Coping with Heavy Metals and Ecosystem Disservice

The Everglades is a vast freshwater wetland that originally covered an area of more than 10,000 km2 in south Florida, United States. It is part of a 100-km-long basin in which water flows along a gradual gradient of 3 cm/km from shallow Lake Okechobee to the mangroves lining Florida Bay. Exploitation of rich organic soils for agriculture, drainage for urban development, the construction of canals, and the impoundment of surface water for flood control and water storage have led to dramatic changes in flooding and fire regimes and nutrient inputs to the wetland. Because of draining and modifications in hydrologic regime, the area of the Everglades is now, in 2004, 35 percent of its original size.

The Everglades provides numerous ecosystem services for human well-being. Even in its much altered state, the Everglades filter polluted runoff from agricultural fields, yielding fresh, clean water for a variety of uses, including support of the estuarine ecosystems at its terminus. It harbors and produces a great quantity and diversity of wildlife, most notably alligators, crocodiles, the Florida panther, manatees, and a rich variety of aquatic birds. The fresh water it supplies to Florida Bay comes in a quality, quantity, and pattern of delivery that enables coastal ecosystems to provide their own suite of services. Finally, the Everglades provide aesthetic values, including recreation, to an audience that extends well beyond the boundaries of the United States.

Among the many changes to the Everglades that alerted scientists and resource managers to potential "ecosystem disservices," one that was particularly difficult to diagnose was the increase in concentrations of mercury in several species of vertebrates. Mercury contamination has been particularly pronounced for Everglades sport fishes; high levels have been detected in other vertebrates, including alligators, wading birds, and the Florida panther (Fink et al. 1999). Fear arose that agricultural pollutants introduced primarily into the north and eastern ends of the wetland were finding their way into and up the food chain, instigating a closer look at the mercury cycle in the Everglades. In fact, the emerging pattern of cause-and-effect is complex and, in some ways, very difficult to counteract.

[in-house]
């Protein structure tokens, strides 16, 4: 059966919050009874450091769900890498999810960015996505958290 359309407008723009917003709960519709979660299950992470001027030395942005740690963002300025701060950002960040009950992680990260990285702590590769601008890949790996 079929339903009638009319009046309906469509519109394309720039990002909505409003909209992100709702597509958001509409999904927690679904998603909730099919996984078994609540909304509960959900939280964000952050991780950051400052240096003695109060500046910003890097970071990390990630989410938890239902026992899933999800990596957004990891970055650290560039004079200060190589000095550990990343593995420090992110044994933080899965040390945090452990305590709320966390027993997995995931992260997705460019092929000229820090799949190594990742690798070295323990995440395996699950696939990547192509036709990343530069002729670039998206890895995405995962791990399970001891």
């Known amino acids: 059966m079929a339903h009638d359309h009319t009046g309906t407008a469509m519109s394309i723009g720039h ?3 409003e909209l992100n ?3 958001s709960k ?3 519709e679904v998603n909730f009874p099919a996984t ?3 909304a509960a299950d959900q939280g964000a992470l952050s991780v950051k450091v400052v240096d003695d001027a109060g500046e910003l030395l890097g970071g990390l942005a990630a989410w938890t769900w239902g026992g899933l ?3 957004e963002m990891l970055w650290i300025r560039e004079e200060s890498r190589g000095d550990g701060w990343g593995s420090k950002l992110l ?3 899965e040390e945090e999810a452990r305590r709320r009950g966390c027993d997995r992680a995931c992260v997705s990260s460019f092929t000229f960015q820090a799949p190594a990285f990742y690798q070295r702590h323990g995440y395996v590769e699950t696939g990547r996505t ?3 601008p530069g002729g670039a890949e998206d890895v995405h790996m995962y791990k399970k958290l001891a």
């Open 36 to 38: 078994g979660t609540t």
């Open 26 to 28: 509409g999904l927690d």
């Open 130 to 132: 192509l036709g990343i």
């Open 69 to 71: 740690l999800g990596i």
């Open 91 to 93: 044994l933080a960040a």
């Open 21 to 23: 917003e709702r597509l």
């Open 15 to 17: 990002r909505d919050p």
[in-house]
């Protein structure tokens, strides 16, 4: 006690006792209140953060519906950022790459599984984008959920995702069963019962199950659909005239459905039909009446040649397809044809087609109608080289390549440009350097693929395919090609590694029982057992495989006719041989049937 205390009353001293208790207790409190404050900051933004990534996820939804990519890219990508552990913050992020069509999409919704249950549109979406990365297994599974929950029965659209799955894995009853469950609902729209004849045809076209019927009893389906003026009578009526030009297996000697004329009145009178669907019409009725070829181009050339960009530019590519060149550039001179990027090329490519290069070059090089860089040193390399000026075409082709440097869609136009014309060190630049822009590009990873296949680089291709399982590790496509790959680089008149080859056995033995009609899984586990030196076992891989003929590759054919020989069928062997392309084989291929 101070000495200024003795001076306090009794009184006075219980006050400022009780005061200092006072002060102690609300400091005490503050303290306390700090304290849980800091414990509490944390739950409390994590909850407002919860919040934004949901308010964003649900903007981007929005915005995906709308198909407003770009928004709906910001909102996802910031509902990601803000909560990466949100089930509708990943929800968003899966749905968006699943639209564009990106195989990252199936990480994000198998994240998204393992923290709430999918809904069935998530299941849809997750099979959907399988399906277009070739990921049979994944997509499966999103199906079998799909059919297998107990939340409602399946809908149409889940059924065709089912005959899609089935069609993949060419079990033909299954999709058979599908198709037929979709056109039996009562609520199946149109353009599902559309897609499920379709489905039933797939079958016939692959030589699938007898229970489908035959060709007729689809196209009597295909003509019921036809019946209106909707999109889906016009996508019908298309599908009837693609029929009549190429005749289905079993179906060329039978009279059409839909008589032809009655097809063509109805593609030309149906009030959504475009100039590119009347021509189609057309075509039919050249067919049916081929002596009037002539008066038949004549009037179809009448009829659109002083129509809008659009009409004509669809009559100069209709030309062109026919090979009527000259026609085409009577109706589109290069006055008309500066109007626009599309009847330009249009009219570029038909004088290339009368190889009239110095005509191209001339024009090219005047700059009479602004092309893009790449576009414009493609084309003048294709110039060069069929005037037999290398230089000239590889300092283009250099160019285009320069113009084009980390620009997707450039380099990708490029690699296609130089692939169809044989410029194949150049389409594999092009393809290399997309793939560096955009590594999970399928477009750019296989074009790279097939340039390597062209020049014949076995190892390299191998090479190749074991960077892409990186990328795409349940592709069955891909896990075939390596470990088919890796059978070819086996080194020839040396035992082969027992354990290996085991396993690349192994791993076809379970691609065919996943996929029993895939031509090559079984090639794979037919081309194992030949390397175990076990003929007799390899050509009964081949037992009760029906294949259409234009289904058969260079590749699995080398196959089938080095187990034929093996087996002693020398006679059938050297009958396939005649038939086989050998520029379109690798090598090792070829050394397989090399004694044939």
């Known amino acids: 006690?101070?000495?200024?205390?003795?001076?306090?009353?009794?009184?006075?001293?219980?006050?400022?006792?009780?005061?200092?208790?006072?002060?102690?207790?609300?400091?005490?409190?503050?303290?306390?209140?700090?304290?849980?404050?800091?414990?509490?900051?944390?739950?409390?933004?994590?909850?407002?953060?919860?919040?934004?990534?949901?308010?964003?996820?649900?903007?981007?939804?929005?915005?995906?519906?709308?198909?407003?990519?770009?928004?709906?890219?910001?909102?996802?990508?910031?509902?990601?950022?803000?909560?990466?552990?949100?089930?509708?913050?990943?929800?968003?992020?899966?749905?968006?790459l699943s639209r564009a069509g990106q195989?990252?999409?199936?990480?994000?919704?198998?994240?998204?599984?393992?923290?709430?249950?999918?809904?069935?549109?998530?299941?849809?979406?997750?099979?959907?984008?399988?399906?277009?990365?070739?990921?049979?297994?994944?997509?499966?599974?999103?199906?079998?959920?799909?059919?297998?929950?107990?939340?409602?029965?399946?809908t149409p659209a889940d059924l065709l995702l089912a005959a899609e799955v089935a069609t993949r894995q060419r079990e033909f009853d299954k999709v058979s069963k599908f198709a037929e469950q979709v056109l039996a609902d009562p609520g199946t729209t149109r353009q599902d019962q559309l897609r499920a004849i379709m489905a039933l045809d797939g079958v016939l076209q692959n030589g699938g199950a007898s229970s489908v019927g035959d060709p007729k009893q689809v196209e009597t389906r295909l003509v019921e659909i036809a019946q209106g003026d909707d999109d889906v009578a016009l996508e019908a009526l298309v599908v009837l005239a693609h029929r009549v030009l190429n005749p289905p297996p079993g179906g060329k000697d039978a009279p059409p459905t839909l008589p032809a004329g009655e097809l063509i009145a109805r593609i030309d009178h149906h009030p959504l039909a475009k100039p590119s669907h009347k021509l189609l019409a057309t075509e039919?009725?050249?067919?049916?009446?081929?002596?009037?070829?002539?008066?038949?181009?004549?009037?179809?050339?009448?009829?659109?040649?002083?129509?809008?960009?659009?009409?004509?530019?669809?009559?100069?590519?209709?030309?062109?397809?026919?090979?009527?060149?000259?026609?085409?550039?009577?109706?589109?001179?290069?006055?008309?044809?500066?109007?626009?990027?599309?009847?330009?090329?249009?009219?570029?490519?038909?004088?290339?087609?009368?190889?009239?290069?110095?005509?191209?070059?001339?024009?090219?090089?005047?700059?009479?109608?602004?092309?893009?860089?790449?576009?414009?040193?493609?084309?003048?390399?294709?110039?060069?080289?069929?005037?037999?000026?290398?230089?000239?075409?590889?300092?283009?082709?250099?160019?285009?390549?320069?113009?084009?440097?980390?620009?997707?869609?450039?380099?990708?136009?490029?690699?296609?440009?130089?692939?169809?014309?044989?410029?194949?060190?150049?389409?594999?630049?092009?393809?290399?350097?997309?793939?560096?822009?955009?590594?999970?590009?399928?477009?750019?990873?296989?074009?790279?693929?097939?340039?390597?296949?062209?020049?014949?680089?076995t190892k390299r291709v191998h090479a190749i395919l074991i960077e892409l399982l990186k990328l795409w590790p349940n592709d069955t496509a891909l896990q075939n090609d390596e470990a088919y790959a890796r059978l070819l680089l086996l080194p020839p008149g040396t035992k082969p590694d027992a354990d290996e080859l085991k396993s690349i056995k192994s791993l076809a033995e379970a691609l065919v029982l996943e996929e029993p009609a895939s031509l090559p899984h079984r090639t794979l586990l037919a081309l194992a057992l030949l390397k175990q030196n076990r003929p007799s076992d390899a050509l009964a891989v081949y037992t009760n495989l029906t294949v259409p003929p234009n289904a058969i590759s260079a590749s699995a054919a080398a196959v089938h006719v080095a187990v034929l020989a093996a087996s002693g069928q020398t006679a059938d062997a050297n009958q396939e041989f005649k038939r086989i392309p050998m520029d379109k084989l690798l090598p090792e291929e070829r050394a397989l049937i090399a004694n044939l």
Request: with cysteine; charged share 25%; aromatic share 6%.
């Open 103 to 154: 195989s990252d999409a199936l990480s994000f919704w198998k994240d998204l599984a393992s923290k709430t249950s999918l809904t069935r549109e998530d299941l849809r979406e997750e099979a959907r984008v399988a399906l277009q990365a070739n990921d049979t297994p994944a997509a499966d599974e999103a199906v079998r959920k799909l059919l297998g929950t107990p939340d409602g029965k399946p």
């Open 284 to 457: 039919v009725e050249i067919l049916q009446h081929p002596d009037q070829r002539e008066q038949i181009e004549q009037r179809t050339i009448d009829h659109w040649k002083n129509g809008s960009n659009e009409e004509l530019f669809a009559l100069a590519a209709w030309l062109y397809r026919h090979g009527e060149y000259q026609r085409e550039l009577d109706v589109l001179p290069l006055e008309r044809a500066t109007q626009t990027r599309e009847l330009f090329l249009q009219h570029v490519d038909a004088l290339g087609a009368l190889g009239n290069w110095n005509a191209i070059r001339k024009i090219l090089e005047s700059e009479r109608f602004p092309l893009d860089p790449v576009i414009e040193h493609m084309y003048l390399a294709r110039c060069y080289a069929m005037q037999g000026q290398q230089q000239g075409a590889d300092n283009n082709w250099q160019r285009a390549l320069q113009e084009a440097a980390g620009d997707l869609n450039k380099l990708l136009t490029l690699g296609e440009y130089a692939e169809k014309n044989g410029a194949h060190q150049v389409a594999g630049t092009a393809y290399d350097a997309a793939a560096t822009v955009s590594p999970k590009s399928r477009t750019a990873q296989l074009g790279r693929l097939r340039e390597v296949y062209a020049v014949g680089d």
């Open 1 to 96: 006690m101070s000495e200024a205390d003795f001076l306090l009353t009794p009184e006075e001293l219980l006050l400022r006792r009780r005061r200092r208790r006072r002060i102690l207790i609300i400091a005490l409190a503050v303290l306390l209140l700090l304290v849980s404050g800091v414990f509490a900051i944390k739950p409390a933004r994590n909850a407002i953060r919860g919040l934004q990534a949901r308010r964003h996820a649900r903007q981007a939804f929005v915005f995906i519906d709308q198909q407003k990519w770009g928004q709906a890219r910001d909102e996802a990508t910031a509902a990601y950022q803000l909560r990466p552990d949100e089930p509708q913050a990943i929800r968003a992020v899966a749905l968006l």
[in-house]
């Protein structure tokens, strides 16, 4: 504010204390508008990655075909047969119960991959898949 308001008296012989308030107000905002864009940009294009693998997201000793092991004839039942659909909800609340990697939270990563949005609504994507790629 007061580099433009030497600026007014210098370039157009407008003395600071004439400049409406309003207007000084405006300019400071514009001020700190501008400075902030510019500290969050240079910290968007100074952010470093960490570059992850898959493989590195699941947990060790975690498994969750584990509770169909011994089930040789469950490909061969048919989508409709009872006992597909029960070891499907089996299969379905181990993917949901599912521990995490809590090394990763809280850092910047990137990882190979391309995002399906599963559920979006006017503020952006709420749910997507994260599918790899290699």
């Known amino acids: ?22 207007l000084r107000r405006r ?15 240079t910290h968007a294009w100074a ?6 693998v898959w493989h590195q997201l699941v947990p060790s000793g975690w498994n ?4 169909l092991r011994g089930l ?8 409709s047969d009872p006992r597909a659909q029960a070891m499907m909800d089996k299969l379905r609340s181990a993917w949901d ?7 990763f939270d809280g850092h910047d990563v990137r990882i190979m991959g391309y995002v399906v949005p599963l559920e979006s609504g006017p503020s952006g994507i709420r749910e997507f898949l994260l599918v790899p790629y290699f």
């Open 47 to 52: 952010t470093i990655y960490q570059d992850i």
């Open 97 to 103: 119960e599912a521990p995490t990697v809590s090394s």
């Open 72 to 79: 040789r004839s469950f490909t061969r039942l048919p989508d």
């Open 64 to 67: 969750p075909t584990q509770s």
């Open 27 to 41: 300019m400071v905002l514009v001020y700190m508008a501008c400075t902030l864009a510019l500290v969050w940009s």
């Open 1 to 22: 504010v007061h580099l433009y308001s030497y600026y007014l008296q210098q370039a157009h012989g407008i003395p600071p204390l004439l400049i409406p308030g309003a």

Most of the mercury introduced to the Everglades comes from atmospheric sources, not from agriculture (Fink et al. 1999). Although some is from natural sources, such as volcanoes and outgassing from oceans, approximately 95 percent of the atmospheric mercury is released with coal combustion, waste incineration, and industrial processing (Krabbenhoft et al. 2003). Mercury in the atmosphere is primarily elemental mercury, which is relatively inert. Once deposited, it is subject to conversion to the more toxic methylmercury, a process performed primarily in an anoxic environment by sulfur-reducing bacteria, which are responsible for much of the organic carbon decomposition in the Everglades' sediments. An unusual feature in the Everglades' food chains is the dominance of periphyton over phytoplankton as the base of food chains (Browder et al. 1994). Periphyton is an assemblage of algae, bacteria, and associated microfauna that form a mat that overlies the surface sediments and often includes filamentous blue-green algae. Both mercury and methylmercury accumulate in periphyton, but it is still unclear how mercury becomes so concentrated in fishes near the top of the food chain. Complex interactions that change seasonally with fish diets (which include benthic invertebrates) and are affected by wetting cycles, fire, sunlight, total mercury concentrations, sulfate concentration, and levels of anoxia remain to be clarified (Gilmour et al. 1998;

Krabbenhoft et al. 2003). It is clear that in areas of nutrient enrichment, accumulation of biomass (often attributed to increased abundance and rates of growth of Typha lati-filiaand T. domingensis) increases, rates of microbial activity and decomposition increase, and there is an increased tendency for mercury methylation (Gilmour et al. 1998).

Through our use of the atmosphere to perform the service of waste mercury disposal, humans are compromising animal and human food chains in the Everglades. Atmospheric deposition of mercury to the Everglades is approximately double the rate in rural Wisconsin for example, but it is difficult to determine the source of this input. Although it may be possible to manipulate Everglades water levels and mercury release patterns to minimize formation of methylmercury, the parts of this wetland that are most affected are the parts with the most natural fire and water regimes. Maintaining an environment that can continue to produce sustainable populations of sport fish and wildlife may not be compatible with atmospheric release of waste mercury. This example of the Everglades' ecosystem demonstrates the extent to which freshwater systems are often compromised by the use of ecosystem services in other realms.

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